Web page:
Physiology of muscular activity
Muscle activity is related to a basic property of muscle – ability to acronyms or airway. However, the muscles could be reduced if the muscle tisue have not had yet and physiological properties such as excitability and conductivity.
The property of contractility is manifested in the ability of the muscles to a single or total (tetanic) contractions. The body always happen tetanic, relatively long muscle contractions, because they receive not alone the momentum and flow of rhythmic impulses from the Central nervous system (CNS), and each of them calls the new contractile effect before the end of the reduction from the previous pulse. However, in experimental conditions it is posible to reproduce single reduction; the graphic image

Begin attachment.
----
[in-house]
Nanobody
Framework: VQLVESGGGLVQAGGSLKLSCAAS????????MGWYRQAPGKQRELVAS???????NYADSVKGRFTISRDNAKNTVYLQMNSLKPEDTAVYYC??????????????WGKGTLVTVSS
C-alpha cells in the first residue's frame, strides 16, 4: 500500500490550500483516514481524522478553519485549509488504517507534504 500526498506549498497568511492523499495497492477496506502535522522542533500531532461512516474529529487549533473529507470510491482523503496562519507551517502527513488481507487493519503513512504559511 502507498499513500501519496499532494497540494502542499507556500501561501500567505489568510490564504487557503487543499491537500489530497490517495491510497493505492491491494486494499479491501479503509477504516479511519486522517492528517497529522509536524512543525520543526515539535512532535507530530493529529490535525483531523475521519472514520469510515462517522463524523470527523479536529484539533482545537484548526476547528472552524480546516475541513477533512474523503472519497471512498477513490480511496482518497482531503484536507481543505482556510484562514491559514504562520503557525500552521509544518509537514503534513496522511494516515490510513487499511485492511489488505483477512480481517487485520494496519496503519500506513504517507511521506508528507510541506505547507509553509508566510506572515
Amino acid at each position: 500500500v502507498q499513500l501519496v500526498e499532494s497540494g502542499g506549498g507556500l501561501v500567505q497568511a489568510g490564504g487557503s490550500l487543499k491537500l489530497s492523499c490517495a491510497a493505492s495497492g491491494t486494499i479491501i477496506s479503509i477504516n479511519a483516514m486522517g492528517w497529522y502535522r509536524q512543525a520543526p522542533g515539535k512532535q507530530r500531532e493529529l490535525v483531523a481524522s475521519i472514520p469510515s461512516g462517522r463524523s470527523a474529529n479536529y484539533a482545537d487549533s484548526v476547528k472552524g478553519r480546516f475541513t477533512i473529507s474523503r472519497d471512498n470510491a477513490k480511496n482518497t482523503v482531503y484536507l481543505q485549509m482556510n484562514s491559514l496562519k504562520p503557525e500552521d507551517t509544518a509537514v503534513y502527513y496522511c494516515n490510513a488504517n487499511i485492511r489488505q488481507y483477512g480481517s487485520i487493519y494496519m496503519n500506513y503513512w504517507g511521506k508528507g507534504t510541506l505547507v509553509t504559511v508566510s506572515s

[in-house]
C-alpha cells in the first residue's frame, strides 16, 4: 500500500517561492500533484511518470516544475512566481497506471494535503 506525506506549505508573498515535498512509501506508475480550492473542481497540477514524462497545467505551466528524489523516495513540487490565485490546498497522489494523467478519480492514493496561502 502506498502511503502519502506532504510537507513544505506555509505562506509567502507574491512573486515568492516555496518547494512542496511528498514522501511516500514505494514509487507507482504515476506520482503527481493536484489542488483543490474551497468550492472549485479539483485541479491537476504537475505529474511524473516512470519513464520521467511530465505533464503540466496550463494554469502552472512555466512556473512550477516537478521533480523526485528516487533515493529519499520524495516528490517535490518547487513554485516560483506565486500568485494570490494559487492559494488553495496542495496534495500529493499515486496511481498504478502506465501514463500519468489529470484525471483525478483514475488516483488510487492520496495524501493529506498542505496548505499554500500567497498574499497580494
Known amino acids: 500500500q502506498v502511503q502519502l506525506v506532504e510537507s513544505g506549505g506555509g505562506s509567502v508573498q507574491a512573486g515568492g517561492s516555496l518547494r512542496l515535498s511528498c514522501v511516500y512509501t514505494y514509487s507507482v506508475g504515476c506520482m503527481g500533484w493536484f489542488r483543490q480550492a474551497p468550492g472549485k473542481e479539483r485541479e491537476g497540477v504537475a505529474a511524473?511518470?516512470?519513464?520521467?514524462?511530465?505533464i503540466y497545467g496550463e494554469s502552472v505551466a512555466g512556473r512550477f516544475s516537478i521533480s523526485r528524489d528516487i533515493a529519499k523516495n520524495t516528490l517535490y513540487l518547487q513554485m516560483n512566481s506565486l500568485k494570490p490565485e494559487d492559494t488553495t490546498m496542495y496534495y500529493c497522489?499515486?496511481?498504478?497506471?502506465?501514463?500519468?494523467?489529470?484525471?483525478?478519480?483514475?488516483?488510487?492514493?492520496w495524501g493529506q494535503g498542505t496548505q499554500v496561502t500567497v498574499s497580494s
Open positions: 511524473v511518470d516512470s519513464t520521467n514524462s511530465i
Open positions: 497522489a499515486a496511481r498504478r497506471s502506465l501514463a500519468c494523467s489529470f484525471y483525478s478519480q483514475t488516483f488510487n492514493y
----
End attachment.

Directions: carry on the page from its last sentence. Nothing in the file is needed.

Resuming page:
of this reduction (of myogram) allows to allocate three phases: latent, or latent (thousandths of a second), the reduction phase and the relaxation phase (tenths or hundredths of a second).
Weak single reduction can take place only at a certain minimum strength irritation – Horny irritation, as well as diminishing only the most rapidly-excited fiber. The increase in the strength of excitation (up to a certain limit) leads to increased contractile effect because it reduced and les excitatory fibers.
Tetanic contraction is always stronger than a single, but each skeletal muscle has an optimal mode of irritation (from 100 to 200 pulses / sec) at which the reduction is strongest.
The muscles maintain a certain degree of tension, or tone, and when the reduction does not occur. Muscle tone is important to ensure a stable position of the body in space; only during sleep, both natural and drug, there is complete relaxation of the muscles, with the exception of the respiratory muscles, which continue to contract rhythmically (only for certain types of anesthesia are relaxing and breathing muscles). State of tonic muscle tension can be maintained by flow from the CNS single pulses that alternately stimulate different muscle fibers.